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The Guide to Cheating in Dirt Track Racing

Simply put, cheating is breaking the rules. Everybody, and I mean everybody, breaks the rules. If you don’t believe me, the next time you’re driving in a 15 mph school zone, look down at your speedometer. “That’s different,” you say? Not hardly; speed limits on the street are rules, and if you speed, hey, guess what? YOU are a cheater! Don’t try and deny it – everyone cheats. Still don’t believe me? Check your tax forms from last year! So, armed with the knowledge that everyone cheats, we’re going to look at cheating from alpha to omega, how to cheat on the track and get away with it, and what to do when you are caught. Don’t worry about taking notes, though, since your track promoter is reading this article too.

Cheating is good, and we are going to tell you why. We will also talk about why racers cheat and how. The top ten common cheats from around the country in several car classes will be explained. We’re even going to tell you how to be slick enough to get your “cheater car” through technical inspection and how to pick the right areas to push the boundaries. To cap off the article, we’ll explain what to do if you are caught cheating and lastly, we pay homage to the “best of the best” cheaters.

Is it good for the sport?

Yes. Just the thought of a racer cheating makes the races more interesting. A good controversy adds to the show. Remember the public relations motto: any news is good news. It’s doesn’t matter what they are saying just as long as they are talking about you. Cheating also makes perceived good guys and heroes. People will come back and watch race after race to see their hero win. By the way, a hero is someone that is perceived not to be a cheater, the good guy who beats the cheaters. Finally, if you have a good guy, you’ve gotta have a villain. The drama between a good guy and a villain keeps fans coming back. Ergo, cheating is good for the sport. Take that, tech inspectors!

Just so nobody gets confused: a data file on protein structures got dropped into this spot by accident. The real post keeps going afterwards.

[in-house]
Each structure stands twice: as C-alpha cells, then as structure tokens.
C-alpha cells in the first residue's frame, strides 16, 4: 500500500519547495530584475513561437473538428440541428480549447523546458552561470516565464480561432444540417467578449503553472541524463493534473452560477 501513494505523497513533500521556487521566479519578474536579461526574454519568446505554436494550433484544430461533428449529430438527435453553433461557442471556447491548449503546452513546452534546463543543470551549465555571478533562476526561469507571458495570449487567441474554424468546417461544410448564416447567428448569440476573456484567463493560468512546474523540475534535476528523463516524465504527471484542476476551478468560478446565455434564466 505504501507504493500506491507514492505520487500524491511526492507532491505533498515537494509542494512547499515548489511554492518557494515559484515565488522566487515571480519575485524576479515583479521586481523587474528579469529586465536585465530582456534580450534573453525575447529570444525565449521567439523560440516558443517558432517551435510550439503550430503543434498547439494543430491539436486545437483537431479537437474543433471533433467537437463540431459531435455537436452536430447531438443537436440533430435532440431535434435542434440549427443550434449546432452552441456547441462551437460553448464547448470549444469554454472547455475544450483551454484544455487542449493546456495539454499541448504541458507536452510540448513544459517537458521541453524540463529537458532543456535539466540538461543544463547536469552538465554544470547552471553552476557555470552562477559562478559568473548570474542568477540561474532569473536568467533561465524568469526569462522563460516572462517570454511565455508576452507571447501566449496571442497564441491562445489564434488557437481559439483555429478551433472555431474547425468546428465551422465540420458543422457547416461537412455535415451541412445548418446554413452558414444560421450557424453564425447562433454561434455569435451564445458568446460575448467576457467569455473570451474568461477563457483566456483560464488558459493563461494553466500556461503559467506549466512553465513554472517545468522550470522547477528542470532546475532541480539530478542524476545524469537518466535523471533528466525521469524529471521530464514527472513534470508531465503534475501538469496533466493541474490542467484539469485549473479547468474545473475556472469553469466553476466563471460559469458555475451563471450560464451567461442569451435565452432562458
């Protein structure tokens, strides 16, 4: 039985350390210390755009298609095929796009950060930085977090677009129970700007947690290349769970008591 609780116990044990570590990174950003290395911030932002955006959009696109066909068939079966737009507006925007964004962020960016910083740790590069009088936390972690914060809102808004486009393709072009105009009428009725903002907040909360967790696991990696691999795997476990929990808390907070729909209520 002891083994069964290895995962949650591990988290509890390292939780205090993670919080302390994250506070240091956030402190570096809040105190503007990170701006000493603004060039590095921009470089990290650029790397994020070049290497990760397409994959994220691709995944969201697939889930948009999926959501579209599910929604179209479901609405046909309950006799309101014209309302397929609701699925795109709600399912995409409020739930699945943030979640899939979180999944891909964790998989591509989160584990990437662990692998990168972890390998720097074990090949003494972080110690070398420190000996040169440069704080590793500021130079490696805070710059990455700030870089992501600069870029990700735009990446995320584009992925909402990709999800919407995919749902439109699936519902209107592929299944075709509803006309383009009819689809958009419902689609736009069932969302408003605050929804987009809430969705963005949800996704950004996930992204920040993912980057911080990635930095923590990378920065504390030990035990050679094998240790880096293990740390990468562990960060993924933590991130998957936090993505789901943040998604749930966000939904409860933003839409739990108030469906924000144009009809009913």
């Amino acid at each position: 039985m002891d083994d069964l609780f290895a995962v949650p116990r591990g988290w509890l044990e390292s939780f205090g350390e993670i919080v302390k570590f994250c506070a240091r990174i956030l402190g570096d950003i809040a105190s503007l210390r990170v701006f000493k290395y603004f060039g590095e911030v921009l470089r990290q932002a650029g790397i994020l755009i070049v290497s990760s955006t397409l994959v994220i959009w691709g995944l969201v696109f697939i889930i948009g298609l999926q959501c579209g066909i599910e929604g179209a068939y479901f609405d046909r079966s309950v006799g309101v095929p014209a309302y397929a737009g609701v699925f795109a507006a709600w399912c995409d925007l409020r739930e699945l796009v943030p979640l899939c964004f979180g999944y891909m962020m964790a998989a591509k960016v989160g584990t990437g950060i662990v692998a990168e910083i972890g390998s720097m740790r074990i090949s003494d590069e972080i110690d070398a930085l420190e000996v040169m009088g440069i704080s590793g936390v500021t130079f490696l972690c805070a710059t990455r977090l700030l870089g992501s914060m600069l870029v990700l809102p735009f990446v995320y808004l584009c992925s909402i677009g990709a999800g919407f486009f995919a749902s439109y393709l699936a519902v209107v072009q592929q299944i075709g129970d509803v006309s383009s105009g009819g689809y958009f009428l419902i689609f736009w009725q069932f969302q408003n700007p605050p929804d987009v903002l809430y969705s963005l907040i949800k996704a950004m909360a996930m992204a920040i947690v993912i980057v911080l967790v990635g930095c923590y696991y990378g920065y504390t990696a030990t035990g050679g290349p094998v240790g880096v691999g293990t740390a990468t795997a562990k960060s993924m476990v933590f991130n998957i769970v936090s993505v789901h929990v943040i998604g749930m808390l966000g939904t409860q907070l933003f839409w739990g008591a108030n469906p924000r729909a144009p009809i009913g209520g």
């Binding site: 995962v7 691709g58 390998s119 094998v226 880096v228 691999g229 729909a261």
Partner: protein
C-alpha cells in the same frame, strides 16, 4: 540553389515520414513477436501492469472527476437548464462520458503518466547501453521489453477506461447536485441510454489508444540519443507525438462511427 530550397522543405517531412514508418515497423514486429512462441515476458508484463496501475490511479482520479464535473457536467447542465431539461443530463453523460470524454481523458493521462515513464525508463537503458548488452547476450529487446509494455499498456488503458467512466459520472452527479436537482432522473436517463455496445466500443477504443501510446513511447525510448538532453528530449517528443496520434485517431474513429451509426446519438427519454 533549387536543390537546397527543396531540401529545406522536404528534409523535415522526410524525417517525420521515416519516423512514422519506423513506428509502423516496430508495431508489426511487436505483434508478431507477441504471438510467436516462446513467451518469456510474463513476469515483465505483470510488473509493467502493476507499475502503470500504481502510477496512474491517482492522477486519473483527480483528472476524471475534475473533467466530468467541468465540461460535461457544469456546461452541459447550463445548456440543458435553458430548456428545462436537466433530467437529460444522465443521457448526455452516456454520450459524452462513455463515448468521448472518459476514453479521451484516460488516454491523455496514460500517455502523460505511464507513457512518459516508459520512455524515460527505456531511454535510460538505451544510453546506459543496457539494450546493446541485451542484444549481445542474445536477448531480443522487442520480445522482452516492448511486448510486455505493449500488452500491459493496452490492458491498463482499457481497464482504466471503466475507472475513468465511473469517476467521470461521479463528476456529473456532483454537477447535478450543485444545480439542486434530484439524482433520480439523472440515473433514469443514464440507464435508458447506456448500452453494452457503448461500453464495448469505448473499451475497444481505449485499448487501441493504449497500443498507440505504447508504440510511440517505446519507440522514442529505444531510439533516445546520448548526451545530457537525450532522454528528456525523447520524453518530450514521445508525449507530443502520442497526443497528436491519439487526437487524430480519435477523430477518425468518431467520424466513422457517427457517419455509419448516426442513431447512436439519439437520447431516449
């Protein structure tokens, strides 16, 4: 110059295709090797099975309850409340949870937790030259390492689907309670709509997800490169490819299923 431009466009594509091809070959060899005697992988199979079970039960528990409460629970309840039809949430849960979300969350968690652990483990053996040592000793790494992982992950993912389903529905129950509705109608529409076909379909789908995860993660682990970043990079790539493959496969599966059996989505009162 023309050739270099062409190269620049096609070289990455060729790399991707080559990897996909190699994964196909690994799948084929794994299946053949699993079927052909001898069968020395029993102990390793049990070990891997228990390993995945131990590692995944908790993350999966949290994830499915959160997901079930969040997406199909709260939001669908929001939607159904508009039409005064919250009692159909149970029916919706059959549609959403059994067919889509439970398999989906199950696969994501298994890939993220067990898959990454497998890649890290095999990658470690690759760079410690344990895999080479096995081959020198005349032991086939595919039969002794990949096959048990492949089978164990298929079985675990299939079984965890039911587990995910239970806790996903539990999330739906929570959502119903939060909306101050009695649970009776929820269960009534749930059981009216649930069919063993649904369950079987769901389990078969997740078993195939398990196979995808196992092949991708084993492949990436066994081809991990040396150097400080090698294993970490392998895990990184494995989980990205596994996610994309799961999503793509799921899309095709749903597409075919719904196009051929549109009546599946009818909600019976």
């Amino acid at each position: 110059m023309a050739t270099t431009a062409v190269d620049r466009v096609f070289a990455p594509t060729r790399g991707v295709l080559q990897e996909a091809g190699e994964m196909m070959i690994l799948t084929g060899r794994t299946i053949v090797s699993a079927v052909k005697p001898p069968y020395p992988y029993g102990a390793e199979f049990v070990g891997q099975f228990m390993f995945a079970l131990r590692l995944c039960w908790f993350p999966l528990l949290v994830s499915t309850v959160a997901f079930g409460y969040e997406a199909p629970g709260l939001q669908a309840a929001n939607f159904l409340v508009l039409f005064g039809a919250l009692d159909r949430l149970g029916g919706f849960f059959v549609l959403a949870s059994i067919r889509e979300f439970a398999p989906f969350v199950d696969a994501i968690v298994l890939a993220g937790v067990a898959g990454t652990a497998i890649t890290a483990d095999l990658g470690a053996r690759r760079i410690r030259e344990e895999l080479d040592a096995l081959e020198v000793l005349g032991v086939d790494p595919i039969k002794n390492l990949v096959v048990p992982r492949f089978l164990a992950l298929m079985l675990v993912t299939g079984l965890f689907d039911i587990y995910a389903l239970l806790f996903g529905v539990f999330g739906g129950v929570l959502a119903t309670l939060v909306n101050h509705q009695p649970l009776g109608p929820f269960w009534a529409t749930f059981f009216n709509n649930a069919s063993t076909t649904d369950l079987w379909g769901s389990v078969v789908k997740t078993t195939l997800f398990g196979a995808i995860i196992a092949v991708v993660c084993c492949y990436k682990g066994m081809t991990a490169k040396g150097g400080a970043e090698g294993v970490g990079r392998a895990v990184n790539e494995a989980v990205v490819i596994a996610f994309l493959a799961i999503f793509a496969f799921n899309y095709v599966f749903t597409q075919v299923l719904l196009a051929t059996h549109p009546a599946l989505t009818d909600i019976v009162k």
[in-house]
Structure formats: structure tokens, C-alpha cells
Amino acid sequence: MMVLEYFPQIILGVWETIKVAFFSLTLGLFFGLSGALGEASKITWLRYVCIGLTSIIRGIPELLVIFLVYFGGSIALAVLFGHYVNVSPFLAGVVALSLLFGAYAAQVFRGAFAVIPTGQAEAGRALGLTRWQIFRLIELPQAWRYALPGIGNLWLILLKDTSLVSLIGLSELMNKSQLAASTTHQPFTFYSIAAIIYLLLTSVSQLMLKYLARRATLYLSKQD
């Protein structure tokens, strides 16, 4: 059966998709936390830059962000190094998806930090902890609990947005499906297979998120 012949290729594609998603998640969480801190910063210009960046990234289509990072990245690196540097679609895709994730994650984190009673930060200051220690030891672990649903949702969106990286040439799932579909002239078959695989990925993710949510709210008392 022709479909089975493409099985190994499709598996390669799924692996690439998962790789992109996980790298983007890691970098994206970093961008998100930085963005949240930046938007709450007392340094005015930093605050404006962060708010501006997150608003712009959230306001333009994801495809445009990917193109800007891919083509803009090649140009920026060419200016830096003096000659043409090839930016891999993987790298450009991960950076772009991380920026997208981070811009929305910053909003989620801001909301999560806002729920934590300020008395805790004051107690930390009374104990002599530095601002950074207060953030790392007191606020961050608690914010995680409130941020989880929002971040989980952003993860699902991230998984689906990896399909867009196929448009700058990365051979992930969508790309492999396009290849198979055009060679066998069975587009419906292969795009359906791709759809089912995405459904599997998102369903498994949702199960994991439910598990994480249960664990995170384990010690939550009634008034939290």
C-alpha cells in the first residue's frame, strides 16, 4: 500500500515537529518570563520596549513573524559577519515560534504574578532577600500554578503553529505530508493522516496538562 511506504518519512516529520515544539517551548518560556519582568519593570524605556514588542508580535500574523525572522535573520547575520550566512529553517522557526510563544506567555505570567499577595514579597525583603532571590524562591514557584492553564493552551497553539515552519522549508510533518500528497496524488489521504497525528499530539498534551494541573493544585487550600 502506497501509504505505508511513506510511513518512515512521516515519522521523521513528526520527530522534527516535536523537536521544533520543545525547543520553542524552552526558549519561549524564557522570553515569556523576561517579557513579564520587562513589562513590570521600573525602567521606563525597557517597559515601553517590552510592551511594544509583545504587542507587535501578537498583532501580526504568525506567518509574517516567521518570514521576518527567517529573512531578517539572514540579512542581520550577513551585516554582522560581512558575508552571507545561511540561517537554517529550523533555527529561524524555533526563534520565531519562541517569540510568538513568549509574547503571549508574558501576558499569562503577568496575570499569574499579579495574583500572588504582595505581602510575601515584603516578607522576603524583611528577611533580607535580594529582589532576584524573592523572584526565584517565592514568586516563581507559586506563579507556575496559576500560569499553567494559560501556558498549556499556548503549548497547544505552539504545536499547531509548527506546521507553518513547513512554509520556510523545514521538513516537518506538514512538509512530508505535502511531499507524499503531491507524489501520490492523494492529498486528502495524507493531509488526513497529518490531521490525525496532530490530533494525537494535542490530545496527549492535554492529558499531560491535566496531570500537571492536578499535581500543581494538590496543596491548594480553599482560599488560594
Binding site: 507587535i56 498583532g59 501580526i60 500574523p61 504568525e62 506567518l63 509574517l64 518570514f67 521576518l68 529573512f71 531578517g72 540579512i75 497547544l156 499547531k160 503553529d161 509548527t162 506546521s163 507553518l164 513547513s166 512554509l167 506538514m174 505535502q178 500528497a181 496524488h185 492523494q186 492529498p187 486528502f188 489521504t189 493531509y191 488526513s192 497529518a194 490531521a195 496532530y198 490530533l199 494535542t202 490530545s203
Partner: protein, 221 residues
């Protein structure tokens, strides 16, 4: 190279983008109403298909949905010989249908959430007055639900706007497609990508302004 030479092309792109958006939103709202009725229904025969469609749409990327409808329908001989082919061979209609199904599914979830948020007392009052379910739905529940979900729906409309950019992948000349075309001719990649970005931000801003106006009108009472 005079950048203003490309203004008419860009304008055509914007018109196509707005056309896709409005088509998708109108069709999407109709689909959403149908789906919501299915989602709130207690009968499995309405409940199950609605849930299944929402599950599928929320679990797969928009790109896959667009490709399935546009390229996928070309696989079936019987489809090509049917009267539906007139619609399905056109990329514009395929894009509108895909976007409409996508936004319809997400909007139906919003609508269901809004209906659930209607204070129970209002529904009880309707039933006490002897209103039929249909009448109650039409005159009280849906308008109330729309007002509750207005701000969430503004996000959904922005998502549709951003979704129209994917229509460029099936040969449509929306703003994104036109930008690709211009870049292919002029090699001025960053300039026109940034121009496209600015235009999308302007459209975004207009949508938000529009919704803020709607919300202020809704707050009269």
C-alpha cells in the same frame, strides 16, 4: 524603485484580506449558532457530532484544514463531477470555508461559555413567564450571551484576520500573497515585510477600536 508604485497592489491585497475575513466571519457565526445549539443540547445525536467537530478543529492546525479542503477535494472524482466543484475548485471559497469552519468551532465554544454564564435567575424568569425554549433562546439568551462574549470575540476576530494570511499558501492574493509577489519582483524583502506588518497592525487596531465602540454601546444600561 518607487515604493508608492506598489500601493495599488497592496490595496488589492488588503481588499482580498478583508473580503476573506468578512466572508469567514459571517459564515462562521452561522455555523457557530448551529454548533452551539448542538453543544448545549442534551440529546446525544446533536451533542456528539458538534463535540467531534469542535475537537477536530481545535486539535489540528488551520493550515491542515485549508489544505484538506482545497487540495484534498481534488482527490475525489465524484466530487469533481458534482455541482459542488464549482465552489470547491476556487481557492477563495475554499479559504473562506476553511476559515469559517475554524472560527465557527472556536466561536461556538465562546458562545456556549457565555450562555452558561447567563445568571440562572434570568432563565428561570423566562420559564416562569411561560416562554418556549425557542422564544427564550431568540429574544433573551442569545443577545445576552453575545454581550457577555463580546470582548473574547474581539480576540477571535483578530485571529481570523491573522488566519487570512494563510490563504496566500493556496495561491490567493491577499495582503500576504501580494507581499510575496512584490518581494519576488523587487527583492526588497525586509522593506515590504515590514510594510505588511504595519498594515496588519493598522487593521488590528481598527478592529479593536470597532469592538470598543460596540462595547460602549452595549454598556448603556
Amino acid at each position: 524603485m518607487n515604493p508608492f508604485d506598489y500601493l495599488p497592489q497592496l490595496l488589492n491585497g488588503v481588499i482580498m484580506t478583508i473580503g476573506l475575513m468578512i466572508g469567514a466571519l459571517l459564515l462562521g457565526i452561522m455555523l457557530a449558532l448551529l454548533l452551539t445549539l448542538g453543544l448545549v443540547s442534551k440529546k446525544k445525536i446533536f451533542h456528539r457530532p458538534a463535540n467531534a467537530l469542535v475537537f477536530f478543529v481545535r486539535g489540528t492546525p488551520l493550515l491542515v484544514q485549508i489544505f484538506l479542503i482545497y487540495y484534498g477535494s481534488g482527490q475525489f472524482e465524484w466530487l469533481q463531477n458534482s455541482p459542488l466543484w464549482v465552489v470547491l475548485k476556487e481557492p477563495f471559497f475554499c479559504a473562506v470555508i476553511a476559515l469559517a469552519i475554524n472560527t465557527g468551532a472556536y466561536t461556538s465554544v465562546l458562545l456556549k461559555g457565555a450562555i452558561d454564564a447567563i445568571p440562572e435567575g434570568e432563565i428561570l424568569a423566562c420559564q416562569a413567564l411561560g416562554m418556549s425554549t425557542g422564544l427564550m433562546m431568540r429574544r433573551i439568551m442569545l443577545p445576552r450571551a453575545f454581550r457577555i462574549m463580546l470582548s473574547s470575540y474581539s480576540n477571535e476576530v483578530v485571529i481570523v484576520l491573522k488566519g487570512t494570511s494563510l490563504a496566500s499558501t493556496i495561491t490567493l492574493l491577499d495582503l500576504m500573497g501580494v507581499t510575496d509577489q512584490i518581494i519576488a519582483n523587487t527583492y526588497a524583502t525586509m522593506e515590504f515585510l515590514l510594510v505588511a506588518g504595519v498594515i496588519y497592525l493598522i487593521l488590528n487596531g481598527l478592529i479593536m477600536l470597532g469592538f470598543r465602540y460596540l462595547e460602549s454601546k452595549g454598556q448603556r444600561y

Good Guy vs. Bad Guy. It's drama and good for the sport.

 

Why do racers cheat?

It’s how we are wired. Human nature. We try to get away with whatever we can get away with without being caught. In competition, this is exacerbated by the ‘win at all costs’ mentality. We feel like we have to cheat to because we know that our competition is cheating. If you are getting beat on the track, it has to be because everyone else is cheating because it can’t be that they are better drivers, right? If your competition is cheating, you will only race for so long before you feel that you must cheat too in order to compete. The biggest reason that racers cheat, though, is that winning feels good, and it’s easy to get addicted to that feeling.

Everybody bends the rules, and there’s some truth to the saying, “if you’re not cheating, you’re losing.”

 

Ten common cheats in circle track racing

Cheating is not hard. Everyone cheats, but cheating without getting caught is an art form. It takes skill, intelligence and discipline. If you are missing any one of these three things, you’re going to get busted. Picking the right areas or the right rules is the key to not getting caught.

10. Making aftermarket parts look stock

The most common cheats in local short track racing involve taking aftermarket high performance parts and throwing a coat of flat black paint on them. A shiny new MSD Blaster coil is easier to hide with the label peeled off and a can of flat black spray paint covering the bright red finish. Mount the newly painted coil against a freshly-painted flat black firewall and it’s barely noticeable. A tech inspector would have to scratch the paint to identify the cheat. 

We know a racer at the local track, let’s call him Racer X, that took an aftermarket Offenhauser intake manifold and used a grinder to remove the manufacturer name and casting number. Using a little bit of dull silver spray paint evenly applied to the rough surface to smooth it out, then a healthy treatment of old grease and grime over the manifold, Racer X then installed this manifold on a factory stock four cylinder for competition. We are proud to report that the racer was never caught and he won several feature events. These particular cheats are used mainly in the factory stock type classes.